Quality data. Another concern is that predictive analysis is just that—a prediction based on inputted data. But the power of predictive analysis is directly correlated to the quality of data feeding it. Because data remains highly fragmented and often is in multiple formats, much of the data is incomplete and inconsistent. Because of this, there has been much concern over AI’s potential to draw the wrong conclusions, particularly since it doesn’t have the capability to weigh the costs and consequences of false positives or negatives the way a physician might. On top of it, electronic health records and billing claims are often written with broad categories and can be difficult to interpret. Not to mention many entries include errors or omissions, whether inadvertent on behalf of the doctor, or whether a patient did not share crucial information.
Data labeling. For deep learning to occur, thousands of data records and labeled examples using consistent terms are required for models to perform classification tasks. Right now, most of that information, is recorded using inconsistent terms or is very broad. Still, labeling and training the data remains a very manual task and also can open the door to bias and errors in the learning algorithm.
With so many potential challenges and current limitations, where does that leave AI in the healthcare equation?
What Is The Future Of AI In Healthcare?
Despite current perceived and actual barriers, AI is dramatically changing the way healthcare is delivered and it has already shown to have a positive impact on certain healthcare outcomes. For these reasons, we can count on seeing AI being used more frequently in the following areas:
AI has already been used to support clinical decision making by offering predictive outcomes based on patterns and trends, as well as in care coordination and planning. This will only continue to expand in healthcare as more data is collected.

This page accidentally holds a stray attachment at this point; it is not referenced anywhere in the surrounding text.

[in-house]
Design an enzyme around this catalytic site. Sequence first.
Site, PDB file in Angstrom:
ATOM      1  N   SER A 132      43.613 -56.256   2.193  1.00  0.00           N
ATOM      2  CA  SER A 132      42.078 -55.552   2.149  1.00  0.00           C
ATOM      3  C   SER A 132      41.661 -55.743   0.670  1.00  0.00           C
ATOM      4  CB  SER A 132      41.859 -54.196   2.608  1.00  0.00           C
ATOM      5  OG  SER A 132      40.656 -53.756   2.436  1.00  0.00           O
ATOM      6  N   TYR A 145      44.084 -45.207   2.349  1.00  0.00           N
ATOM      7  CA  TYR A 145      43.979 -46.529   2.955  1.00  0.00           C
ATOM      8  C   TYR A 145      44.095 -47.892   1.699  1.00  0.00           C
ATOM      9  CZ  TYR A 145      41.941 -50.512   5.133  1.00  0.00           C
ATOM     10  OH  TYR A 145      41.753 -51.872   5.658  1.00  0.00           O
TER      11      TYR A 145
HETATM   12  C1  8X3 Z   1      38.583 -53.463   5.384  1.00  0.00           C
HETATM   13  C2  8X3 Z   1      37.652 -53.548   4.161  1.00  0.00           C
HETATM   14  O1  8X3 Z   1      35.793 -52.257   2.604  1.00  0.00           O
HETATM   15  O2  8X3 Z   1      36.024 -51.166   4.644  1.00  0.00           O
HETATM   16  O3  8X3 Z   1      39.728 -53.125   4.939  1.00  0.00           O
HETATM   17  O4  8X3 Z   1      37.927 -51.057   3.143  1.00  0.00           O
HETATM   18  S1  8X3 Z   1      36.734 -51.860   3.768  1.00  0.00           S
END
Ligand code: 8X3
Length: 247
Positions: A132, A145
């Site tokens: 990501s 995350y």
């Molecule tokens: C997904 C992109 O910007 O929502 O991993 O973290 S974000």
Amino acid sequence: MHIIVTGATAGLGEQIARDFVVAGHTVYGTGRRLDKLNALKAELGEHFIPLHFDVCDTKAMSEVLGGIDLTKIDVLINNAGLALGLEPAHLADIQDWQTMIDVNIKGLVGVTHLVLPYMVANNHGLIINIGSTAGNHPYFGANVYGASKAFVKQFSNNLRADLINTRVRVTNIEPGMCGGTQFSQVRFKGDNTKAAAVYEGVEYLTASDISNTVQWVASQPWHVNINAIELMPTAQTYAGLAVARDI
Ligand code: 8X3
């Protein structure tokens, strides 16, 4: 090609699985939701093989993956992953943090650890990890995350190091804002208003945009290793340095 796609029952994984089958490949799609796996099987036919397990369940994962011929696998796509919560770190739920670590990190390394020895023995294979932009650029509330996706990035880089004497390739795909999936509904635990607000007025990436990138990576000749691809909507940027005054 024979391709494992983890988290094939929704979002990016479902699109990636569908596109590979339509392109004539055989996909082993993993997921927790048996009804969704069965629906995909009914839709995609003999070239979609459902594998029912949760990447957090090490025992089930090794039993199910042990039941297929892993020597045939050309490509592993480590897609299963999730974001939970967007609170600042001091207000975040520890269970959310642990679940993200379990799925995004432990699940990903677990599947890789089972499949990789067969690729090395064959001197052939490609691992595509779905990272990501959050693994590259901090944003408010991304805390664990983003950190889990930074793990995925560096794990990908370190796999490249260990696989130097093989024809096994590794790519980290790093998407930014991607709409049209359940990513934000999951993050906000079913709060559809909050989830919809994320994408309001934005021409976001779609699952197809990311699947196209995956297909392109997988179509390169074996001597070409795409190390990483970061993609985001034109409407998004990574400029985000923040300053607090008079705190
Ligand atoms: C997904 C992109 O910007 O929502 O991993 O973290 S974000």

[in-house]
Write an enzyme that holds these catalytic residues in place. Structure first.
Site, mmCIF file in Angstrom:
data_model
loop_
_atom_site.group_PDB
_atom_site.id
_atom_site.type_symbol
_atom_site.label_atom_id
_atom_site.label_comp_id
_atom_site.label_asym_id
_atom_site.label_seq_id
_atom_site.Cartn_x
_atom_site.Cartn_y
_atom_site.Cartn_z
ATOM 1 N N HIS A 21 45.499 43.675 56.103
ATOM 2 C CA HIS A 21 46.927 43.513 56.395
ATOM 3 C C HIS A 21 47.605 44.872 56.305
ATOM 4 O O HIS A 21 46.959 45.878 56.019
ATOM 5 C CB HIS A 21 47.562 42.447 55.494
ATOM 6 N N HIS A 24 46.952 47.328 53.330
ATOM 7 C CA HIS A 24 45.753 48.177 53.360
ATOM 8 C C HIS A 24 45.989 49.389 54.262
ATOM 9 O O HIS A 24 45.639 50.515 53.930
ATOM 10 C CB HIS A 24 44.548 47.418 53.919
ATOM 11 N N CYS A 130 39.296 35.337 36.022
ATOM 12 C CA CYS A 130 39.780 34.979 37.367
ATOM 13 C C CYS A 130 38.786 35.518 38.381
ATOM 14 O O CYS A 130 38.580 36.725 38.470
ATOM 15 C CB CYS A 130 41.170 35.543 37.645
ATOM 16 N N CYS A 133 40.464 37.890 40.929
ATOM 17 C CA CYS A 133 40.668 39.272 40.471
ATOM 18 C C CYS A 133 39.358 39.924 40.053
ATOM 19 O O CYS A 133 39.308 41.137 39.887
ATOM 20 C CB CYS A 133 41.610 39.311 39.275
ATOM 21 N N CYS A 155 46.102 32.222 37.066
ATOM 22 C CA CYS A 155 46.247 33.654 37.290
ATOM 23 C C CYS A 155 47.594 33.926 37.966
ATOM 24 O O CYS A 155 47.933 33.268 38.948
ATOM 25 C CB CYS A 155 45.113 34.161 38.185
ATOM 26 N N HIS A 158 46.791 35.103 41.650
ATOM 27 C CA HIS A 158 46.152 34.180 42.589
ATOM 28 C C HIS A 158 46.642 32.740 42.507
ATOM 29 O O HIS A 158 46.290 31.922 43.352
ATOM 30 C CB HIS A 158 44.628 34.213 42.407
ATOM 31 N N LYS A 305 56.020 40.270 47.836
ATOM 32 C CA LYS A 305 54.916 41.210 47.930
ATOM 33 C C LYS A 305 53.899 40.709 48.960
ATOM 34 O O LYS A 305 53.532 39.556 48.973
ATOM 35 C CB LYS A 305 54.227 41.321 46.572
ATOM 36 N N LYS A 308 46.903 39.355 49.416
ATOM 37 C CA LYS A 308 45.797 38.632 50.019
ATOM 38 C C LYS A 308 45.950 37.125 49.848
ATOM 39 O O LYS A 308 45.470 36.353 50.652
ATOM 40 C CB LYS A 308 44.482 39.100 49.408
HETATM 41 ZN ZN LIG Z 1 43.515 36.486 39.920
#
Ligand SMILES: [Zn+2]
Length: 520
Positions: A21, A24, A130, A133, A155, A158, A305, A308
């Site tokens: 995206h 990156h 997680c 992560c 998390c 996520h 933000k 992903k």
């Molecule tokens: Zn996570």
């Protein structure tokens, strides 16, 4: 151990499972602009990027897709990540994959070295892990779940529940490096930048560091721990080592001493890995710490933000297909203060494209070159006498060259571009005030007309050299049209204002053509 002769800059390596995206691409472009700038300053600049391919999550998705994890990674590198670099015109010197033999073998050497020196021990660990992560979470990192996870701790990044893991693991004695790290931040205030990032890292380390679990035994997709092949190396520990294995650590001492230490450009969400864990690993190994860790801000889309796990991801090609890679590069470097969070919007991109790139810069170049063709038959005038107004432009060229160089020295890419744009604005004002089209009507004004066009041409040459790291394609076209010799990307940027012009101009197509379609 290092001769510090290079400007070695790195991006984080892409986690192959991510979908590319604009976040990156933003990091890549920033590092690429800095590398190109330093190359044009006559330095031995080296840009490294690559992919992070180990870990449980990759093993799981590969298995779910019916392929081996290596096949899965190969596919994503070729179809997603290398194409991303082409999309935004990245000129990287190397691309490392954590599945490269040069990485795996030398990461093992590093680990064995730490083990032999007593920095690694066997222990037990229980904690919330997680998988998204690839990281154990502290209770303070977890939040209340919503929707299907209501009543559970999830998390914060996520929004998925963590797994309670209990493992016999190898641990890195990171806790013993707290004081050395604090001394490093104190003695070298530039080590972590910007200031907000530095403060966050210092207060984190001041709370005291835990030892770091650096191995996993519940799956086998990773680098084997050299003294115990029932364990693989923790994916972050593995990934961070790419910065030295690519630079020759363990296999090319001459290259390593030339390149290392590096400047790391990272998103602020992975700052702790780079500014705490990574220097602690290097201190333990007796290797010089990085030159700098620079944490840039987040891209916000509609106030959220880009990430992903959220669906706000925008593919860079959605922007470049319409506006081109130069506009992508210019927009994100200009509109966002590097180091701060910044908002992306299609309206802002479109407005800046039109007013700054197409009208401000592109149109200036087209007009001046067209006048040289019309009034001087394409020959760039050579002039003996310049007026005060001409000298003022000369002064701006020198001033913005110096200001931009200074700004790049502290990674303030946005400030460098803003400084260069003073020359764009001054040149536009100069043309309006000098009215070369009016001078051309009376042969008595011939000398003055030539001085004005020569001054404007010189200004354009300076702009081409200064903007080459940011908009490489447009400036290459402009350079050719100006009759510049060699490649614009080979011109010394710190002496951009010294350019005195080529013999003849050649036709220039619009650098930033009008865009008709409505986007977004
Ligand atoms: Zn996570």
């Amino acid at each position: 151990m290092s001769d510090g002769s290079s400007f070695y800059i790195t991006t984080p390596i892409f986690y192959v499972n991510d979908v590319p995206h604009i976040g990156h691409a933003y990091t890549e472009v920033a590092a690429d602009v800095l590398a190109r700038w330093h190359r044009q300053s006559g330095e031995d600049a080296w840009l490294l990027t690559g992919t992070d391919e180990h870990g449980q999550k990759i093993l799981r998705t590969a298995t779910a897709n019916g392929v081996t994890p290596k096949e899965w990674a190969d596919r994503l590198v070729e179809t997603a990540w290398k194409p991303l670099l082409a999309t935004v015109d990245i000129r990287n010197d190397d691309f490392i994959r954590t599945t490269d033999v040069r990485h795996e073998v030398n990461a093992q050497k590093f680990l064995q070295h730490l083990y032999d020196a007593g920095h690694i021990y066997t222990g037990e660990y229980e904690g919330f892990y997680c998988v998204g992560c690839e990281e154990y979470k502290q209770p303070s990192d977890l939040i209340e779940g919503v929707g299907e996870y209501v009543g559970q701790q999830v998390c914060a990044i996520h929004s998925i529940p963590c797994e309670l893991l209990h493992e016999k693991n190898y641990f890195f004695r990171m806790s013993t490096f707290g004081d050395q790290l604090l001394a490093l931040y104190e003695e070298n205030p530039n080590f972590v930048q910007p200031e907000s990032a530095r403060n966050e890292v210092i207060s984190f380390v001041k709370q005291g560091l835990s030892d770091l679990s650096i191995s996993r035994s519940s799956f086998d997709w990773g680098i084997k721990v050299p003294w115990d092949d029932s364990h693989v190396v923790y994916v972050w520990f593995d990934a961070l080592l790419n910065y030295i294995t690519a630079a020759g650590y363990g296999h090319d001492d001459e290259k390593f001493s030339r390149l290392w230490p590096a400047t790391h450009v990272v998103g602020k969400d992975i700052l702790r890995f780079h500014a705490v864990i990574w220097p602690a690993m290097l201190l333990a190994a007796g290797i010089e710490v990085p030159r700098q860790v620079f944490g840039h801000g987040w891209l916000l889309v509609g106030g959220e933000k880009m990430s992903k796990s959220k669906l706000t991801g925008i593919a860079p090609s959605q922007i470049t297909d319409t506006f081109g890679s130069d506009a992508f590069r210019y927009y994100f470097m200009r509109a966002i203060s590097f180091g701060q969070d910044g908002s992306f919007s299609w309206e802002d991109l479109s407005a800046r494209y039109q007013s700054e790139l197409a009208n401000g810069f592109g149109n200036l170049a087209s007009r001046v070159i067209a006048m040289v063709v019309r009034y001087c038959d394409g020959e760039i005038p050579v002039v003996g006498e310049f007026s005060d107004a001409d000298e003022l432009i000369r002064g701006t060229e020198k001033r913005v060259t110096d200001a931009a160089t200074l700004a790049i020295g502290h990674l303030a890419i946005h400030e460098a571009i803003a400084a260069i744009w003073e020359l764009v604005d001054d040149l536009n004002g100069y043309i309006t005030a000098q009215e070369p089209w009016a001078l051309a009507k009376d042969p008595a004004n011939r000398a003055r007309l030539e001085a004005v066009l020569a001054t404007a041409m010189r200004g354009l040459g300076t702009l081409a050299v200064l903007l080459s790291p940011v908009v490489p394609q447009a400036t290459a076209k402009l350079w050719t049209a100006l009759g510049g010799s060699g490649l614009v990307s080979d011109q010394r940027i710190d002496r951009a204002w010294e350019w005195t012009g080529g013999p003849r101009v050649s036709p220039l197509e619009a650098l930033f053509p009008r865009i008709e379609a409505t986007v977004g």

How to Prepare for AI
As AI becomes a more prominent part of the medical industry, healthcare organizations will need to strategically plan how to organize and streamline their technology, processes and people to integrate the newest advancements. Identifying specific use cases is a good place to start to determine if data already exists and the maturity of that data.
Introducing AI technology also comes with an investment resources –– time, budget and team knowledge. You’ll want to be sure you have the right people in place –– data scientists, system architects, and even internal champions, among others –– who will help with the implementation, change management and maintenance.
As you evaluate the right technology for your organization, you’ll also want to consider whether the solution can scale with your business, how data is trained and what data is used in the training, how data bias and “dirty” data is prevented, and how it integrates feedback into its model. These are important for avoiding some of the aforementioned limitations and challenges of AI.
Ultimately, there is a lot to consider before introducing AI to your organization. Be sure to evaluate the impact to all stakeholders ––patients, providers, business leaders, etc. Will the endeavor pay off? And how long will it take to realize that payoff?
Shailesh is a Technical Architect at MST Solutions who has experience developing and delivering innovative solutions for healthcare companies and levering AI and IoT to build patient-centric solutions and improve business outcomes.